THE Head of Religious Education at Haslingden High School has been selected to lead teachers across the country in implementing a new national curriculum.
Ben Wood has taught the subject for 12 years and has been the department head for the last seven.
Ofsted’s national lead inspector for RE Alan Brine visited Mr Wood’s department in January and together they wrote a ‘best practice’ report which was published on the Ofsted site.
When the new national curriculum framework was announced, which is implemented from September, the Department for Education funded Expert Advisory Groups to assist with implementation.
As a result of his department’s success, not only is he one of 20 on the Expert Advisory Group, he was also selected to chair the secondary teachers’ working party.
“I am positive about the new curriculum and I think it is far better being less centrally focused,” said Mr Wood.
“I believe it is better for schools to work out their own way of delivering the curriculum that is best for them and now there is a certain element of freedom.
“It is much less prescriptive.”
“Our aim is to publish advice for teachers and Standing Advisory Councils for RE (SACREs) on implementing new curricula and our discussions so far have centred on curriculum design, assessment, pedagogy and resources.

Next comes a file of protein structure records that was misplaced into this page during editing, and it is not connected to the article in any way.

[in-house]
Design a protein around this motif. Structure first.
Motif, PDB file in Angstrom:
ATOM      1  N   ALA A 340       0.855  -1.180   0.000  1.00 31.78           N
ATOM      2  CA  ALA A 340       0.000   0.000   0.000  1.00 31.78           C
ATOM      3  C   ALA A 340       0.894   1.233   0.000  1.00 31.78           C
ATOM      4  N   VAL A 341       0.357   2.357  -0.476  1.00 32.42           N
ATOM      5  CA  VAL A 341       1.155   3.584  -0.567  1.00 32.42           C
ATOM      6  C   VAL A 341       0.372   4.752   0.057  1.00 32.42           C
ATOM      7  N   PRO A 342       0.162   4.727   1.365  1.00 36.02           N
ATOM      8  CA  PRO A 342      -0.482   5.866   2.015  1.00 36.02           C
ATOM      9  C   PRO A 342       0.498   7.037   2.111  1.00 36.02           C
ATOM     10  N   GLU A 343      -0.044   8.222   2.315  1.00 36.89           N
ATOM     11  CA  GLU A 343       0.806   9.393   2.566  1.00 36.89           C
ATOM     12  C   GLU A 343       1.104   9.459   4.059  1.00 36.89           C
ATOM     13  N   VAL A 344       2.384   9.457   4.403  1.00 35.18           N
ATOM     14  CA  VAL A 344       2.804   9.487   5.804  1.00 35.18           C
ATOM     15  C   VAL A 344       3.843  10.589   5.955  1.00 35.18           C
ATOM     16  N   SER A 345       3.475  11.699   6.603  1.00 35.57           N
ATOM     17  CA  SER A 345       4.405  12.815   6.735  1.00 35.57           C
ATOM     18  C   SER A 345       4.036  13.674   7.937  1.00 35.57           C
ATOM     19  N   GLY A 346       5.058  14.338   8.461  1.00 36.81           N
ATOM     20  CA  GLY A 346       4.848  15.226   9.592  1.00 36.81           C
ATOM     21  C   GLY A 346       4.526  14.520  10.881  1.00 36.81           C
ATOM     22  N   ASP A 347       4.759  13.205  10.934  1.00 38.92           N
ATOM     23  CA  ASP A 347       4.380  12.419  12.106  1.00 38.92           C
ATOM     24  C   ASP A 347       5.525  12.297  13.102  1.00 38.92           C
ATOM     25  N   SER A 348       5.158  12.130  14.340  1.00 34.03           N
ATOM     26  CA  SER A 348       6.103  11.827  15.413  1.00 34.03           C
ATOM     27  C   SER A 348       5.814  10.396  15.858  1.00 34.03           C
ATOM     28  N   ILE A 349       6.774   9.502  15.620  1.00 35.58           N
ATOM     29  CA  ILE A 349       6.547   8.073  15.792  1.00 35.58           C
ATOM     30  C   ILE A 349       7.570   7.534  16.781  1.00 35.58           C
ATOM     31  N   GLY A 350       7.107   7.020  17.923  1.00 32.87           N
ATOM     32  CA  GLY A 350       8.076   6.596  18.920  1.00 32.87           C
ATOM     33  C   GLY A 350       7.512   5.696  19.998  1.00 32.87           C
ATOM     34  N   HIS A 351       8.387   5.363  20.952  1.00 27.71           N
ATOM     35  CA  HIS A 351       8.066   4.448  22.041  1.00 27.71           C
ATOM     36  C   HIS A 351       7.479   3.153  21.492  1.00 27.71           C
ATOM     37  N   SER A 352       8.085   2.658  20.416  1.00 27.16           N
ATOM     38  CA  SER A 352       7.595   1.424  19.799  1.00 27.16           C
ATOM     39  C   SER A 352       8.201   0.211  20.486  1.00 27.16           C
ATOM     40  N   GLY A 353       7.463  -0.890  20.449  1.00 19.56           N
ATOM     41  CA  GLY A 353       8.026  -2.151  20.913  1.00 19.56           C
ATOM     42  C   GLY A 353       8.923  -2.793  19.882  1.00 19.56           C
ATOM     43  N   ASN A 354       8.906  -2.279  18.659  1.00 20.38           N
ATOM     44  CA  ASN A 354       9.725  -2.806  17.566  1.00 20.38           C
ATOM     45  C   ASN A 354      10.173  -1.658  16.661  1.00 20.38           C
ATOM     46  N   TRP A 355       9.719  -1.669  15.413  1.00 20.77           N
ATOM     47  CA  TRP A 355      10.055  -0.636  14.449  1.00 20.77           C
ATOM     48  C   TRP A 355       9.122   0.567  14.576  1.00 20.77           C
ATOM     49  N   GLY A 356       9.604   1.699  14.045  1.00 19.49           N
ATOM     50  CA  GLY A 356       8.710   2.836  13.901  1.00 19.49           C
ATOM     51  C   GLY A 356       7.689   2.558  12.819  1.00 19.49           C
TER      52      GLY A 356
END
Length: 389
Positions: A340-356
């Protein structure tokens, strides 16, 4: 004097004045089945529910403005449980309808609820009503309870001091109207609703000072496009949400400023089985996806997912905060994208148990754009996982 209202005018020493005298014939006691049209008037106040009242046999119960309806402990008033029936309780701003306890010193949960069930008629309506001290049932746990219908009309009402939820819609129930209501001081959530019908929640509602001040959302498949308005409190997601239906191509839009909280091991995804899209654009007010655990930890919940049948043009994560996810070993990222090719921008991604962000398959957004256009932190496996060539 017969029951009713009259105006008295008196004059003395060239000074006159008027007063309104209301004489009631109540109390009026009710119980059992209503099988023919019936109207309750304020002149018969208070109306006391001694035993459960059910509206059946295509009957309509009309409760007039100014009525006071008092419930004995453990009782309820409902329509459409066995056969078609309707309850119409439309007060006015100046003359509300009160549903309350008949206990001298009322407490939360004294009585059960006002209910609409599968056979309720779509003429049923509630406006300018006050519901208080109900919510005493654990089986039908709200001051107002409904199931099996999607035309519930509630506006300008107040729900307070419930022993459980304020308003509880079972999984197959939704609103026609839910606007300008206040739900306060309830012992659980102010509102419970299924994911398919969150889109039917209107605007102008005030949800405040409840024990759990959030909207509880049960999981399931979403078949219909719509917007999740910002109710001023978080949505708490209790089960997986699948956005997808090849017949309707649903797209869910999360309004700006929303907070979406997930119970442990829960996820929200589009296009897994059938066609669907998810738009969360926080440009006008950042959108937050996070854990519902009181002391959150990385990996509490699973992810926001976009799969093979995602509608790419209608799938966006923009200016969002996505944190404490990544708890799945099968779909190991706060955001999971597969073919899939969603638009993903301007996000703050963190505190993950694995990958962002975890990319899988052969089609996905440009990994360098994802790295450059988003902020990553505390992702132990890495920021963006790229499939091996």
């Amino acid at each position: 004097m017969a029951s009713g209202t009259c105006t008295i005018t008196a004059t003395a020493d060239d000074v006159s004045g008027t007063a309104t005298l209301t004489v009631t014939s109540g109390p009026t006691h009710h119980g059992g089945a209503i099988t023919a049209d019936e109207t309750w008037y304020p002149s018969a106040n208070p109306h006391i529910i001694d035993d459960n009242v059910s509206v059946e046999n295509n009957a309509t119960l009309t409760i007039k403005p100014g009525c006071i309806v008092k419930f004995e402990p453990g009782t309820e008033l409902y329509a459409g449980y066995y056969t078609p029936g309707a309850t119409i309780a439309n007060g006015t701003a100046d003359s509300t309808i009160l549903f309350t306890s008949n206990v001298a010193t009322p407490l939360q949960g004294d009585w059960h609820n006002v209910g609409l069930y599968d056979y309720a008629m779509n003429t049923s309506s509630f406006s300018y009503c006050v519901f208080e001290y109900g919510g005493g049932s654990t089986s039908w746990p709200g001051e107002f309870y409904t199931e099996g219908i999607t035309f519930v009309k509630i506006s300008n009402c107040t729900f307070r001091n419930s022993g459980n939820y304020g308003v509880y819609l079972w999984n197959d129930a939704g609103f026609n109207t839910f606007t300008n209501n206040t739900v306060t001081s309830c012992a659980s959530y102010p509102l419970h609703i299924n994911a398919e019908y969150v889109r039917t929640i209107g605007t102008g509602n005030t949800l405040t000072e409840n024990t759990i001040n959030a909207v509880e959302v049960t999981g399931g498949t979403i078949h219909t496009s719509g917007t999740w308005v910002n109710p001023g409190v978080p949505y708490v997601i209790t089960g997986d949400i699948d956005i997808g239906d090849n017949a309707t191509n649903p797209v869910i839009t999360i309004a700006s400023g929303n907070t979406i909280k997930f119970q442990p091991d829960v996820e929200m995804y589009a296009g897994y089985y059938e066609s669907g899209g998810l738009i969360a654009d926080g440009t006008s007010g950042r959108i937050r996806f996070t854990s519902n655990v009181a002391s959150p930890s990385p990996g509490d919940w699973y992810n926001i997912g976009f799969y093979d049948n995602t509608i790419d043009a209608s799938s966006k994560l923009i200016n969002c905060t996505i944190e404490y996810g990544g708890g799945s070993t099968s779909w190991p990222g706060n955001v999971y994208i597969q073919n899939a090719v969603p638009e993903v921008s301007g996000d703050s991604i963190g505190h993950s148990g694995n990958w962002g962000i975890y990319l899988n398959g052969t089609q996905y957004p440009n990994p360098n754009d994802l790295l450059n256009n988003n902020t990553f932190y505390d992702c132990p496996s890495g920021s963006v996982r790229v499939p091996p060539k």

“The new curriculum is giving experts in the subject the opportunity to develop what they teach in a way they know best.”
Of his new role he said: “It is an opportunity for me to help set the agenda.”
Although he is not religious, Mr Wood chose to specialise in the subject because he finds it fascinating and very relevant to what is going on in the world today.
He added: “I think it is important to know and have an awareness of other people’s religions.”
Mr Wood heads a department of six RE teachers at the school.